Stopping Your Cat From Spraying and Marking

by catfood

Children’s Neutering

Spraying and marking have so many proven medical and behavioral benefits that veterinarians frequently advocate them as part of a pet owner’s comprehensive health care regimen.

Today, the question is not so much whether the procedure should be performed as it is when.


For many years, the best age to neuter an animal was regarded to be six months. When the procedure is performed when the final vaccine is delivered at three to four months of age, owner compliance is higher. Traditional neutering contracts were shown to be ineffective by shelter employees, thus one natural option was to neuter all animals before they were adopted. Many of these animals were regarded too young for surgery, which sparked the discussion.

There have been no conclusive, controlled research to determine the optimal age for neutering dogs and cats. According to a recent study, spaying before the first heat prevents the development of mammary gland tumors. Females can go into heat as early as four months of age, thus they should be spayed before that to safeguard their safety. Early-age neutering, also known as pediatric neutering, is currently performed on animals weighing at least two pounds and aged six to eight weeks. Schedule a spay appointment with your veterinarian.


Initially, veterinarians were concerned about the long- and short-term safety of operating on such young animals. Angell Memorial Hospital in Boston doctors presented methods for safe surgery and anesthesia in the Journal of the American Veterinary Medical Association in 1993, demonstrating short-term safety. Other studies have since confirmed these findings, and the JAVMA stated in December 2000 that Texas A&M University researchers detected no increase in physical or behavioral problems in cats for at least three years after surgery. Veterinarians have safely done the surgeries for shelters since the 1980s, adding to the growing body of supportive anecdotal data.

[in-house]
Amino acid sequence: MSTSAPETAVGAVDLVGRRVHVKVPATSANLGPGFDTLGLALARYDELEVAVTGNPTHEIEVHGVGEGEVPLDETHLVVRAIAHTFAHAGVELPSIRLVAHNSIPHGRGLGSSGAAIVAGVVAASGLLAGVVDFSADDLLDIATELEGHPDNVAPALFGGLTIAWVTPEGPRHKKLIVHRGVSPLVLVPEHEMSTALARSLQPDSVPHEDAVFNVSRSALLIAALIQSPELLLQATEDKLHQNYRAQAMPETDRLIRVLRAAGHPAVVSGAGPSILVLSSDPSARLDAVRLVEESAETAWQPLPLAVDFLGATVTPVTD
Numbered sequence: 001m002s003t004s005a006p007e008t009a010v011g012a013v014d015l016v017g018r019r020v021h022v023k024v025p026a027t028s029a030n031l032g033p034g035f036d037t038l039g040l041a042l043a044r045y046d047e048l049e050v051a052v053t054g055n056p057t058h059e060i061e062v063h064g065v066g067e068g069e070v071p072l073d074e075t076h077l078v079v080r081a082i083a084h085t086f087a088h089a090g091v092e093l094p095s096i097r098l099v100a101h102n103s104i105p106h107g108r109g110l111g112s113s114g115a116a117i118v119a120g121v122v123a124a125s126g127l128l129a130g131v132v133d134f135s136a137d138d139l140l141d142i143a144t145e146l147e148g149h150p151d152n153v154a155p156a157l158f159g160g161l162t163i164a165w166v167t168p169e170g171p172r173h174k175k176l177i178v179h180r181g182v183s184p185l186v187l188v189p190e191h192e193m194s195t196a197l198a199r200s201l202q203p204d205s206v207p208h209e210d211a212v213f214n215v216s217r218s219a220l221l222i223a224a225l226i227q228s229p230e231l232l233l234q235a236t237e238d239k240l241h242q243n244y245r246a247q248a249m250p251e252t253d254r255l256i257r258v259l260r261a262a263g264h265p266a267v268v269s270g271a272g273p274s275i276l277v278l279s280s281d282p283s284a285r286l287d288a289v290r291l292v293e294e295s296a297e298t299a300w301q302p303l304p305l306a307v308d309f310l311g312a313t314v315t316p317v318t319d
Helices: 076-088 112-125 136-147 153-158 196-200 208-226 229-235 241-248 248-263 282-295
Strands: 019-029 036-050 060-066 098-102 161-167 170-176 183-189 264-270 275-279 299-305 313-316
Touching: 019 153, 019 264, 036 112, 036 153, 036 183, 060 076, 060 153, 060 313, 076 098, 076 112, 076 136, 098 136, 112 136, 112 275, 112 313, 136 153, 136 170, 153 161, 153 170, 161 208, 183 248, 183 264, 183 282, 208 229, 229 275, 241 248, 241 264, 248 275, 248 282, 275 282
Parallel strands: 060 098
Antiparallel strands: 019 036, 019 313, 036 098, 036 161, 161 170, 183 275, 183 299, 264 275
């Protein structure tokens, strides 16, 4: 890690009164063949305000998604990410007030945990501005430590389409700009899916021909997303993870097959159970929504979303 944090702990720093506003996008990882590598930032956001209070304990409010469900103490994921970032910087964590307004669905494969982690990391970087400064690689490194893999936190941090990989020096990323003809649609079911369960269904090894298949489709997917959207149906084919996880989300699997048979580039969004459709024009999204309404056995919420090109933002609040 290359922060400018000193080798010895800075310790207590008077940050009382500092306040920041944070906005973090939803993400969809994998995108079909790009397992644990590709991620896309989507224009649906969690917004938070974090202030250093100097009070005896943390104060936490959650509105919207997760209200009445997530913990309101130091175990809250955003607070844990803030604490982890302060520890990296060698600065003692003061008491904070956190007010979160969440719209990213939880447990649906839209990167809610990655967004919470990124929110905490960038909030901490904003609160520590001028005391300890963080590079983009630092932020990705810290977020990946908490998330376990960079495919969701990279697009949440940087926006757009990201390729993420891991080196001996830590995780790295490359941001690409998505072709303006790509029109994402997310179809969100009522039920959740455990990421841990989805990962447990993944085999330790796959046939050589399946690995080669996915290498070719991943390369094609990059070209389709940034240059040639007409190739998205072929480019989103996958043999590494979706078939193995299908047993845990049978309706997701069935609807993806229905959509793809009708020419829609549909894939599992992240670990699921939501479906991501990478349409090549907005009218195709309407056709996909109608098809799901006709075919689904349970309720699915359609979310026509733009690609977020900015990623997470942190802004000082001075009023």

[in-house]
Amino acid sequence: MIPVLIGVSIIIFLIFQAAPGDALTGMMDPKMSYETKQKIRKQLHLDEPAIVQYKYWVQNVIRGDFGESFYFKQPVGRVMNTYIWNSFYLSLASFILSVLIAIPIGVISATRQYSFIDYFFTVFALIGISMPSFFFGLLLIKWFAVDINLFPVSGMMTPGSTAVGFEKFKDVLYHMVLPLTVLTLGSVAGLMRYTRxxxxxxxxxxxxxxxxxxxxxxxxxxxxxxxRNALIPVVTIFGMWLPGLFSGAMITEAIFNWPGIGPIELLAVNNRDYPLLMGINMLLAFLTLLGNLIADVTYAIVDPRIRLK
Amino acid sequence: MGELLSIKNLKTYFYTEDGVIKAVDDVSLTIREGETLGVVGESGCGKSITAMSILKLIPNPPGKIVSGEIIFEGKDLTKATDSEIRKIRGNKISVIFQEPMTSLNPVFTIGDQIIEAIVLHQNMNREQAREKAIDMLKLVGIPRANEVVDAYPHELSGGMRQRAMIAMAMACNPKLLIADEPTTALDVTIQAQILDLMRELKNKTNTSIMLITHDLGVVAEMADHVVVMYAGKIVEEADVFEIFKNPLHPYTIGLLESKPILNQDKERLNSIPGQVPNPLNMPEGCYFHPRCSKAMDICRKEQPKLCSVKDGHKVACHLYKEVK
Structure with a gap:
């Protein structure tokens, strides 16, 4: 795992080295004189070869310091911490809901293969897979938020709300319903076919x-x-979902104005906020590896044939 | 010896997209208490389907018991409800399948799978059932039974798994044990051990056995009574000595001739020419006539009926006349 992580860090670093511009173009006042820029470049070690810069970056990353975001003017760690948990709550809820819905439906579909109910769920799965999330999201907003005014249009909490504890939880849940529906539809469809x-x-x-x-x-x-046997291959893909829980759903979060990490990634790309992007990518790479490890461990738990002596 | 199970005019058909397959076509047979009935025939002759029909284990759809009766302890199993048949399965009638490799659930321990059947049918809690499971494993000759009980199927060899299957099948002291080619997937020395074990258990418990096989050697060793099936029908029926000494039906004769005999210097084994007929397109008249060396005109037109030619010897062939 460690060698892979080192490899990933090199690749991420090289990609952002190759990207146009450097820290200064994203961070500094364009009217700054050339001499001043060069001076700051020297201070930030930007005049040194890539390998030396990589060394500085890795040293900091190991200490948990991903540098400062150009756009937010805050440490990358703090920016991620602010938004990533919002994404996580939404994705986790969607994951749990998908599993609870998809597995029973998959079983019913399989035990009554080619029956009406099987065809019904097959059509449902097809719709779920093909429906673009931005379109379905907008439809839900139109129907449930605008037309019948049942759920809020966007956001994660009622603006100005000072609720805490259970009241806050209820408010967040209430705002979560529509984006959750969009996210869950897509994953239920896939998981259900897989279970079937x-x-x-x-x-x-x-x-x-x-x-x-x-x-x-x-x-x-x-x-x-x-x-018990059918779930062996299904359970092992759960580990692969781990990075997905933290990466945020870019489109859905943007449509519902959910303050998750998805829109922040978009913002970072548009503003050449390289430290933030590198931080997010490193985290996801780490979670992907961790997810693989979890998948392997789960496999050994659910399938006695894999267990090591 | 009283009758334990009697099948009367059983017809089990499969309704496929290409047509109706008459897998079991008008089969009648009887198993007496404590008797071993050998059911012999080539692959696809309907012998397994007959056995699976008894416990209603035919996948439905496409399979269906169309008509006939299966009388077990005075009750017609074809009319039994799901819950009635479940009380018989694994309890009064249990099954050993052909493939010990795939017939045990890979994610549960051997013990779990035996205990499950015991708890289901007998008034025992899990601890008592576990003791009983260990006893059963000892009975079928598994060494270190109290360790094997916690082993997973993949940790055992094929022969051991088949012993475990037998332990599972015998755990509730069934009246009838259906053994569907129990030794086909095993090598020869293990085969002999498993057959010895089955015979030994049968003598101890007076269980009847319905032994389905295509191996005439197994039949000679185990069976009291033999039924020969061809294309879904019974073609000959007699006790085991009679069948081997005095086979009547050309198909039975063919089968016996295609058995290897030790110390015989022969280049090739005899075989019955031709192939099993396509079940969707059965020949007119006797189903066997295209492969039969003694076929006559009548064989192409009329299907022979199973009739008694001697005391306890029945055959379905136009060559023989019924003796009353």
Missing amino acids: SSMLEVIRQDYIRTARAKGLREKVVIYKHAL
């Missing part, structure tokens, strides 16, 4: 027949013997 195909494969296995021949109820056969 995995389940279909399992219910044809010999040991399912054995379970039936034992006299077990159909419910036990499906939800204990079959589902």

The debate rages on

Despite the fact that studies on the long-term consequences of neutering at six months of age have never been done, the absence of controlled studies on the long-term implications of pediatric neutering is nonetheless emphasized as a matter for worry. Obesity, stunted growth, underdevelopment of secondary sex traits, behavioral difficulties, and a higher incidence of both lower urinary tract disease and urinary incontinence have all been examined and determined to be false in the veterinary literature. Any variations observed appear to be clinically insignificant and to occur regardless of age at neutering.


The American Veterinary Medical Association and the American Animal Hospital Association are two professional organizations that support pediatric neutering. For several years, the ASPCA has neutered all shelter animals weighing at least two pounds before adoption. The dispute continues despite facts, testimonials, anecdotal evidence, and endorsements.


Surprisingly, pediatric surgeons believe that it is faster and less stressful for the animal than standard surgery. There is less body fat to deal with, less bleeding occurs, and patients are awake much sooner after surgery. They could be given a light meal and released the same day. Specialized surgical equipment is not required. When animal shelters began to seek for new ways to manage pet overpopulation in the late 1970s, this notion was questioned. Most veterinarians who were initially hesitant to perform pediatric neutering now favor it—the hardest part was deciding to try anything new in the first place. The best part is that everyone benefits from it.

Wondering about Improving Feline Socialization? Check it out on our latest post!


You may also like

Leave a Comment